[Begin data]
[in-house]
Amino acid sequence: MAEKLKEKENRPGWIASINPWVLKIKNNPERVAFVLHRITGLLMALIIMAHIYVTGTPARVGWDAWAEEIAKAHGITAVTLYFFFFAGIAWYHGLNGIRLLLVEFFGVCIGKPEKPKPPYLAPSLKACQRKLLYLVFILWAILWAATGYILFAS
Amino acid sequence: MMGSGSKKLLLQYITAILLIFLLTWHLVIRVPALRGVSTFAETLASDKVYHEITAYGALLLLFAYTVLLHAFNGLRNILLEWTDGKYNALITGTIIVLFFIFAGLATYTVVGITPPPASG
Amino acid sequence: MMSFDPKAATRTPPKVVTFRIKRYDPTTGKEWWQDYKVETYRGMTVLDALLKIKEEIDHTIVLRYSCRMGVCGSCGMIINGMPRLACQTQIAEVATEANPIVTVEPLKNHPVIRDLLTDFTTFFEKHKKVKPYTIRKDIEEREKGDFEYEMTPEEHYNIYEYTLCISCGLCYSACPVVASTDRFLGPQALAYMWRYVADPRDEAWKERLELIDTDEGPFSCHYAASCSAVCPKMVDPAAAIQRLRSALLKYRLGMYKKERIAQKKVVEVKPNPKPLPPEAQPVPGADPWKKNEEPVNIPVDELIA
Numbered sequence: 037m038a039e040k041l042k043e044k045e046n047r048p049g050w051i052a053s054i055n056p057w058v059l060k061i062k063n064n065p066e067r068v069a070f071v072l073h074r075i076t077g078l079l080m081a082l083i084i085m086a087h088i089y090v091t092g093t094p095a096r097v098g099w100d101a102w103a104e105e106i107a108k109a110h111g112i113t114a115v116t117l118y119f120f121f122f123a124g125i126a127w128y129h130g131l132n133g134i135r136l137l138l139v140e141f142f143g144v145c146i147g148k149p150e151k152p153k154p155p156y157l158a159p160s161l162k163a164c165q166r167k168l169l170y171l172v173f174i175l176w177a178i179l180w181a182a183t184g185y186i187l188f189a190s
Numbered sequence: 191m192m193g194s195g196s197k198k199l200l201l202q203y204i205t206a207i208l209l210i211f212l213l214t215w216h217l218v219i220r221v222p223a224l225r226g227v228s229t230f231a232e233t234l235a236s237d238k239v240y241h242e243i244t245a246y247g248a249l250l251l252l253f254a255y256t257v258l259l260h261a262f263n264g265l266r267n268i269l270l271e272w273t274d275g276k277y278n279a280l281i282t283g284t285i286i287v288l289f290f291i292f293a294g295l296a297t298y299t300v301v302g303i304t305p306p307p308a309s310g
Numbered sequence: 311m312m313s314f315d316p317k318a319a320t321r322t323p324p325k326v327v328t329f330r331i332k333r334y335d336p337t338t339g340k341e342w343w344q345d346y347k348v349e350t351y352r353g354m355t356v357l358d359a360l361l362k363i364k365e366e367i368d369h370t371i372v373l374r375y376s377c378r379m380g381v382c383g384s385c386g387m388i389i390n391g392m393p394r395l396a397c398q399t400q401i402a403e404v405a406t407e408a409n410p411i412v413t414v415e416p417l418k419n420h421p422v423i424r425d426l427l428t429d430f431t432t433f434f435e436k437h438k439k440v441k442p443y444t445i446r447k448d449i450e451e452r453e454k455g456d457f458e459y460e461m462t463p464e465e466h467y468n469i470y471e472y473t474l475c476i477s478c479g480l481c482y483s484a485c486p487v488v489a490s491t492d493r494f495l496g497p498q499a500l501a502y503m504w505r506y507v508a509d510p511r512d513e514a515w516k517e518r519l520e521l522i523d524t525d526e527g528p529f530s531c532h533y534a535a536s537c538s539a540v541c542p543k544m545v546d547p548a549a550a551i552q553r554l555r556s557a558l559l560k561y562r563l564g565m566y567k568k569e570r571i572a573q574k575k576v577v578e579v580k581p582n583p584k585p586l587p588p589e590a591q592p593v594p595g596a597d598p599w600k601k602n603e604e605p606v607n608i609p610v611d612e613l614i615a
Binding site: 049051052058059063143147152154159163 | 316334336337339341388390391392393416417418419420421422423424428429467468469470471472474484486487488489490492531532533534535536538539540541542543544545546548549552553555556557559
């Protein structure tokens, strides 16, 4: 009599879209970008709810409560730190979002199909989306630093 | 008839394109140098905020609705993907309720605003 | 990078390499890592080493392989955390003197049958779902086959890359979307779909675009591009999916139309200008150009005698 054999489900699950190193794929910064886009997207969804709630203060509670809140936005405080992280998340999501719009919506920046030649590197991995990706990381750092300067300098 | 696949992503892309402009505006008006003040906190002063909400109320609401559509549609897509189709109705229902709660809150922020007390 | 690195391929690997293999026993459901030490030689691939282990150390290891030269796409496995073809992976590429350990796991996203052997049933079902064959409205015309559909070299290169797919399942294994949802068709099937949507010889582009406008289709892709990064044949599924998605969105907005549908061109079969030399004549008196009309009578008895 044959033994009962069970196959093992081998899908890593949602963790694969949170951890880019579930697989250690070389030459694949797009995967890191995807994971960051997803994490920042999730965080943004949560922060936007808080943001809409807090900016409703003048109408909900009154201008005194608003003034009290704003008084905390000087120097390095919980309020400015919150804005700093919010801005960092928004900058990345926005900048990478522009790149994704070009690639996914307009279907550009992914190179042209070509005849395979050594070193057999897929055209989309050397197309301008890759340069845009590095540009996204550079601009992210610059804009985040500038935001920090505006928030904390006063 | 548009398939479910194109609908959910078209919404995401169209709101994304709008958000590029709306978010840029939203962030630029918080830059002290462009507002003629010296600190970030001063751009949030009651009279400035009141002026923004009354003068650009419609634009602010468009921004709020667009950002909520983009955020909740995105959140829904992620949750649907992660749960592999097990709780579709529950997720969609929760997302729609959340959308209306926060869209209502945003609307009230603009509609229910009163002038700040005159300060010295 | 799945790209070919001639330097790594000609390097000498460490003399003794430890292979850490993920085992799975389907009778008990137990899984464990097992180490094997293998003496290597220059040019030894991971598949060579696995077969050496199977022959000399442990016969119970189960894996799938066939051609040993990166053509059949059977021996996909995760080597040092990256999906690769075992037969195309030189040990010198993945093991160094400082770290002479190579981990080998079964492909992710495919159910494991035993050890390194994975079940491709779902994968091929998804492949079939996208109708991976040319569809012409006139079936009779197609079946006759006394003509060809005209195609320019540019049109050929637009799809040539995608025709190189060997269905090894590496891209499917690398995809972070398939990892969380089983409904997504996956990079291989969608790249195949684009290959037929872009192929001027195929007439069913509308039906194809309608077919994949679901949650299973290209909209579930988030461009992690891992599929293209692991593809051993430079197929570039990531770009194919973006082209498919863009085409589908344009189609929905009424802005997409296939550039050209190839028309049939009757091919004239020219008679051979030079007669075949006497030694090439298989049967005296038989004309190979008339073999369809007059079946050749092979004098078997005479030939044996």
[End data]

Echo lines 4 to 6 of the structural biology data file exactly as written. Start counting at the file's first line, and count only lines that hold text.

Amino acid sequence: MMSFDPKAATRTPPKVVTFRIKRYDPTTGKEWWQDYKVETYRGMTVLDALLKIKEEIDHTIVLRYSCRMGVCGSCGMIINGMPRLACQTQIAEVATEANPIVTVEPLKNHPVIRDLLTDFTTFFEKHKKVKPYTIRKDIEEREKGDFEYEMTPEEHYNIYEYTLCISCGLCYSACPVVASTDRFLGPQALAYMWRYVADPRDEAWKERLELIDTDEGPFSCHYAASCSAVCPKMVDPAAAIQRLRSALLKYRLGMYKKERIAQKKVVEVKPNPKPLPPEAQPVPGADPWKKNEEPVNIPVDELIA
Numbered sequence: 037m038a039e040k041l042k043e044k045e046n047r048p049g050w051i052a053s054i055n056p057w058v059l060k061i062k063n064n065p066e067r068v069a070f071v072l073h074r075i076t077g078l079l080m081a082l083i084i085m086a087h088i089y090v091t092g093t094p095a096r097v098g099w100d101a102w103a104e105e106i107a108k109a110h111g112i113t114a115v116t117l118y119f120f121f122f123a124g125i126a127w128y129h130g131l132n133g134i135r136l137l138l139v140e141f142f143g144v145c146i147g148k149p150e151k152p153k154p155p156y157l158a159p160s161l162k163a164c165q166r167k168l169l170y171l172v173f174i175l176w177a178i179l180w181a182a183t184g185y186i187l188f189a190s
Numbered sequence: 191m192m193g194s195g196s197k198k199l200l201l202q203y204i205t206a207i208l209l210i211f212l213l214t215w216h217l218v219i220r221v222p223a224l225r226g227v228s229t230f231a232e233t234l235a236s237d238k239v240y241h242e243i244t245a246y247g248a249l250l251l252l253f254a255y256t257v258l259l260h261a262f263n264g265l266r267n268i269l270l271e272w273t274d275g276k277y278n279a280l281i282t283g284t285i286i287v288l289f290f291i292f293a294g295l296a297t298y299t300v301v302g303i304t305p306p307p308a309s310g